Holland America has struck crispy, fried gold with Dive In, its poolside burger and hot dog counter. Choose from seven specialty burgers or create your own; there are also three ways to have your Nathan's hot dog and four ways to enjoy the French fries (special sauce, anyone?). Buzzers are handed out and let you know when your order is ready, to avoid crowding. Milkshakes are available (coming from the nearby gelato shop), but cost extra.


New York Deli & Pizza (Deck 10):

Overlooking the pool deck, you can grab a bite inspired by the Empire State until midnight at the onboard deli and pizza shop. Choose from six specialty pies -- including one from chef Ethan Stowell -- or build your own. There are also salads, classic deli sandwiches like corned beef or pastrami, and desserts. Get here early (it opens at 7:30 a.m.) and avoid the buffet crowds for breakfast; bagels and spreads including lox, breakfast sandwiches, fresh fruit and pastries -- and most importantly coffee -- are on hand.

Perhaps the best part of this included venue are the movie-night snacks: Choose from sweet and savory pretzel flavors, popcorn, chips, nachos, fries and even short rib sliders and Korean fried chicken.


Explorations Cafe (Deck 12):

This cafe serves Explorations Central at the Crow's Nest and sates visitors with complimentary sandwiches, cookies and other pastries to accompany coffee and tea drinks that carry a charge. Open from 8 a.m. to 9 p.m.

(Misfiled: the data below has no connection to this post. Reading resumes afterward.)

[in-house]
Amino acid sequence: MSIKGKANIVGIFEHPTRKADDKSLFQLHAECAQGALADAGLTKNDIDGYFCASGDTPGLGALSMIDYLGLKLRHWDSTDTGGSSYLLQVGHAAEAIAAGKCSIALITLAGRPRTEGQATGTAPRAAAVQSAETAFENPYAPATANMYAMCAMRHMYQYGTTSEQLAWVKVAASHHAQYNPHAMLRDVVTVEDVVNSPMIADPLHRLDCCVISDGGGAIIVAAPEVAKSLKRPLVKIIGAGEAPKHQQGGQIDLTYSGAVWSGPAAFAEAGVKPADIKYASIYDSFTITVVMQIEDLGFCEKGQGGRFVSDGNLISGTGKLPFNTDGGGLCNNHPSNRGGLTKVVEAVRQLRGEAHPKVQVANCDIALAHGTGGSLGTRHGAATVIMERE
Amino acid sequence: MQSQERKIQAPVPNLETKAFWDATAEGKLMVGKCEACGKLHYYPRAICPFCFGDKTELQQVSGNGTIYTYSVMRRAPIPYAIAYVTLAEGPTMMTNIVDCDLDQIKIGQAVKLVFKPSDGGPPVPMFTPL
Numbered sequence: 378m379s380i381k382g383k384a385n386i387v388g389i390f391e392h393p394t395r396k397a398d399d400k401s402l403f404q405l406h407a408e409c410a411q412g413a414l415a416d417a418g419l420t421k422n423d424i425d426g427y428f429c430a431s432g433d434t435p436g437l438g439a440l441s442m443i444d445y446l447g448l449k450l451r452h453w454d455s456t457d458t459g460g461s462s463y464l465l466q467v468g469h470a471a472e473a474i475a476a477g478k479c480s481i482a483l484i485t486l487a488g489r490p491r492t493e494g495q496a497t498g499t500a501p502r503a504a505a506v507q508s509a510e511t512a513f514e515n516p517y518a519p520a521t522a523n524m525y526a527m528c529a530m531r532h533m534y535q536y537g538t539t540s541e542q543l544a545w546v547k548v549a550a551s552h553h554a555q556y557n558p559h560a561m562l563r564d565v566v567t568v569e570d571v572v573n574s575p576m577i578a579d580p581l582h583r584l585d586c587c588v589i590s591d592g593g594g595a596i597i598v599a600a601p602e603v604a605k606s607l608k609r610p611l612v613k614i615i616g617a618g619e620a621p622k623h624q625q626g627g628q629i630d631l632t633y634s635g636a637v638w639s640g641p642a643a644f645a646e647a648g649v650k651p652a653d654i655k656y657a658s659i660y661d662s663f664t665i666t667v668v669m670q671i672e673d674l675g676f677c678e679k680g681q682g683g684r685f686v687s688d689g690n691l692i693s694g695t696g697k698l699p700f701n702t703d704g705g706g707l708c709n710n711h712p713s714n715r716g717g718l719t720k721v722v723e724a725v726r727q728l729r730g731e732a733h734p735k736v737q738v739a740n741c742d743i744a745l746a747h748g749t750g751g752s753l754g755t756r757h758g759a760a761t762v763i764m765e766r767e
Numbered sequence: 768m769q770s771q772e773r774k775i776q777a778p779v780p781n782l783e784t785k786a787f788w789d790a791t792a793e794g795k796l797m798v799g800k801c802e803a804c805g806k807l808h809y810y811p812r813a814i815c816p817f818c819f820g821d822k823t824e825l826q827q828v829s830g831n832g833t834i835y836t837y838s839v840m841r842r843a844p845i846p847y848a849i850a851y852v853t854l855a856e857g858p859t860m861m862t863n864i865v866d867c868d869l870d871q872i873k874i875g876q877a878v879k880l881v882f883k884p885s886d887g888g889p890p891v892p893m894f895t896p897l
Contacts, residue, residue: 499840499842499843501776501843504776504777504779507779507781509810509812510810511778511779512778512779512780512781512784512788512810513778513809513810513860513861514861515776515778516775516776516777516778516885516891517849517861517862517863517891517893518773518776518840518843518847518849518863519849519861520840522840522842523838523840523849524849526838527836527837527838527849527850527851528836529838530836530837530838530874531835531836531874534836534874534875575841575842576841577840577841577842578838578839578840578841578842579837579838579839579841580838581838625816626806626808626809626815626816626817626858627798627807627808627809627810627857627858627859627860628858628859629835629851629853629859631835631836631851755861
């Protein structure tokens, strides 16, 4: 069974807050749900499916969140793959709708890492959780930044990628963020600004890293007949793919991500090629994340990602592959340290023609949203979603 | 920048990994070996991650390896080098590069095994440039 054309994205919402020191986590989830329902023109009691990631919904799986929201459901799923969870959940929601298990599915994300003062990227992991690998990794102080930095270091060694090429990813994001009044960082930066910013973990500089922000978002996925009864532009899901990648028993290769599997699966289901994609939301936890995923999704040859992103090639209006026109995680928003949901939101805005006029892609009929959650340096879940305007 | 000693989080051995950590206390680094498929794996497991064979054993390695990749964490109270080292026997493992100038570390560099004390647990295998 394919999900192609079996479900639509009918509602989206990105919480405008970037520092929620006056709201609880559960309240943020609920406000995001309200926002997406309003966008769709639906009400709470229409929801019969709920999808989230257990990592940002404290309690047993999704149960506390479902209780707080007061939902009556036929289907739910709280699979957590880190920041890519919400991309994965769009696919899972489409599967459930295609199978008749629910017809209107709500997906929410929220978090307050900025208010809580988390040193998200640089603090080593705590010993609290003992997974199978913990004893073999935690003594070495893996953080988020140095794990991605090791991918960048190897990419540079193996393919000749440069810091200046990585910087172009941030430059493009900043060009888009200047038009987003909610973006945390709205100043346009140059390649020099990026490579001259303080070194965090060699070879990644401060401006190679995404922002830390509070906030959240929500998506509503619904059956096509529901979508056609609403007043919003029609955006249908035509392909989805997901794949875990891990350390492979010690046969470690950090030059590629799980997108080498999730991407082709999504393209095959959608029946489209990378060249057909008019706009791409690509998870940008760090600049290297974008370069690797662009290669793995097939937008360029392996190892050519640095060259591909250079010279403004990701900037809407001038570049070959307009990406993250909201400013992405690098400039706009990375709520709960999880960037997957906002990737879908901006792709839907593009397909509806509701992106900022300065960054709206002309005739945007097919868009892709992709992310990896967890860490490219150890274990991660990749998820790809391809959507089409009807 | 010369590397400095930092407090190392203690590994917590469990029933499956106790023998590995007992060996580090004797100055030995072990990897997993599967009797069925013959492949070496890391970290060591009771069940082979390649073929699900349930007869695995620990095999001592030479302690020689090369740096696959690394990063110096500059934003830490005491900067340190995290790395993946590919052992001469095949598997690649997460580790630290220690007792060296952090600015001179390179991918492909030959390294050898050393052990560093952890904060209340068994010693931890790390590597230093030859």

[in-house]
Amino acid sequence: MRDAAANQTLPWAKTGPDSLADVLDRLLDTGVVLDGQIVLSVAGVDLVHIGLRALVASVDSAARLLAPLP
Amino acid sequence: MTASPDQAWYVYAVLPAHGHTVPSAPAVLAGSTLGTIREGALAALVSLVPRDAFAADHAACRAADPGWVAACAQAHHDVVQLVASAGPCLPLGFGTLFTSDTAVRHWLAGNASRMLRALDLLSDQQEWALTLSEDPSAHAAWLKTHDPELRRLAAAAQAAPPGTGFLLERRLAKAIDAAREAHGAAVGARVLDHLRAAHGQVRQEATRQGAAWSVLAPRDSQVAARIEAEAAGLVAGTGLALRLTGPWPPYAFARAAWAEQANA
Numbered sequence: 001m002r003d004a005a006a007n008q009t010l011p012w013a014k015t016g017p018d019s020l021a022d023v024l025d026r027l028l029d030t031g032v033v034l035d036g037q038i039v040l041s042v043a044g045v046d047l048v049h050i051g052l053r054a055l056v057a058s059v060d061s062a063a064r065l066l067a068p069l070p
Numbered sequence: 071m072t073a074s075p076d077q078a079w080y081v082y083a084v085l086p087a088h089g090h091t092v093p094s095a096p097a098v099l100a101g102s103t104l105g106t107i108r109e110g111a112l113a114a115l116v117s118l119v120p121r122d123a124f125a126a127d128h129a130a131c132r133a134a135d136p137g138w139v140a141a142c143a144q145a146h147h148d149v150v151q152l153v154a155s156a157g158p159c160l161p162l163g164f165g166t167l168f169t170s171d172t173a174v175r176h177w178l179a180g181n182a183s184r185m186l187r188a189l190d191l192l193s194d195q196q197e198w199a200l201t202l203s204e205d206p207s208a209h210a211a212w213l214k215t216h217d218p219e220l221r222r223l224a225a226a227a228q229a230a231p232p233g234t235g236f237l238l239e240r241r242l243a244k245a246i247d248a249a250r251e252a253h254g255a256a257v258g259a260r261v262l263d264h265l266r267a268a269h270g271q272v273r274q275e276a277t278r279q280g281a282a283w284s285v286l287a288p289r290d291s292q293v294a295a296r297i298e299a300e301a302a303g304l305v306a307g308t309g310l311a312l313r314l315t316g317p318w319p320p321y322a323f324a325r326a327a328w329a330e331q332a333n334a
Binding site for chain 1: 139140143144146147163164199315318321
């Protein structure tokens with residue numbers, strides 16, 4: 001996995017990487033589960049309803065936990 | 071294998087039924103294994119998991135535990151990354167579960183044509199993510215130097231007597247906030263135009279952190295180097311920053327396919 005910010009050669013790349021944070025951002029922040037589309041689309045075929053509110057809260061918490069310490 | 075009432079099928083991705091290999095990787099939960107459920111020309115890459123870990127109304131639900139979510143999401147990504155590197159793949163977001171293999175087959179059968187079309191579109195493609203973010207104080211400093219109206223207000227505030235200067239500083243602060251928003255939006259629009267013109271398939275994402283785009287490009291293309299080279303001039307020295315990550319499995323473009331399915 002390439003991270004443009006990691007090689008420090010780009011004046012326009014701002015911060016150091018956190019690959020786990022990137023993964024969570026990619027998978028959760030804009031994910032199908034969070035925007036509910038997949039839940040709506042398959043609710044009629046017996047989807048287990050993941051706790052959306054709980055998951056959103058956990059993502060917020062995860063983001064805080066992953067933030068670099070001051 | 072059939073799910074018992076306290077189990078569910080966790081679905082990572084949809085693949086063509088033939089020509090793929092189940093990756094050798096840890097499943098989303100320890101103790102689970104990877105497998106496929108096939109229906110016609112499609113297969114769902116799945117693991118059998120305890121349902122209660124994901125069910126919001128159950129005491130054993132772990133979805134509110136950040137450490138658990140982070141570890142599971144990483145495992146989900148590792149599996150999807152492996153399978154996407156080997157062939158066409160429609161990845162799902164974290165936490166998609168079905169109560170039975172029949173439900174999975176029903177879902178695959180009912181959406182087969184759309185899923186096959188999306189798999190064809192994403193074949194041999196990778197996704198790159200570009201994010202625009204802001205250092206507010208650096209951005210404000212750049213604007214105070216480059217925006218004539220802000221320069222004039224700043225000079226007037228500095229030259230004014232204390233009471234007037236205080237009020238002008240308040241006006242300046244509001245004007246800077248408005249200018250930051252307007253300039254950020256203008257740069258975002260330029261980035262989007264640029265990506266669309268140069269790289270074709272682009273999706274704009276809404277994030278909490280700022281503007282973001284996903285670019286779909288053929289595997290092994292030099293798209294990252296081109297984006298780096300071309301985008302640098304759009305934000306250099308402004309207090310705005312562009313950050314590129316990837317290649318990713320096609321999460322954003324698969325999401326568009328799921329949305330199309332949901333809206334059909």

Club Orange (Deck 2):

The new restaurant for Neptune and Pinnacle Suite guests and Club Orange members debuts on Nieuw Statendam as an attractive space serving breakfast and dinner, with an open kitchen and touches of HAL's signature orange thrown into the decor for good measure.

The design and privacy of the Club Orange restaurant is enticing, but unless you're already booked in a suite, it's not enough to warrant the per diem required to access the Club Orange pass in our opinion. This is mainly because the menus are virtually the same as you would find in the main dining room, breakfast is the exact same menu, and dinner adds one addition that is the Club Orange special, which changes daily.

Room Service:

Holland America offers a complimentary all-day room service menu, with a few exceptions. Certain items on the breakfast menu, such as steak and eggs, carry a charge. For a fee you can order items from the onboard specialty restaurants like a bento box from Tamarind ($10) or a late-night burger from the Dive In ($5). Alcohol and other non-included drinks will always carry a charge, unless you have a drink package. Your breakfast menu will be listed on a door tag, but the rest of it can be found on your in-cabin TV.



Diane at Luxury Travel Destinations: 336-749-1219
Email Diane at: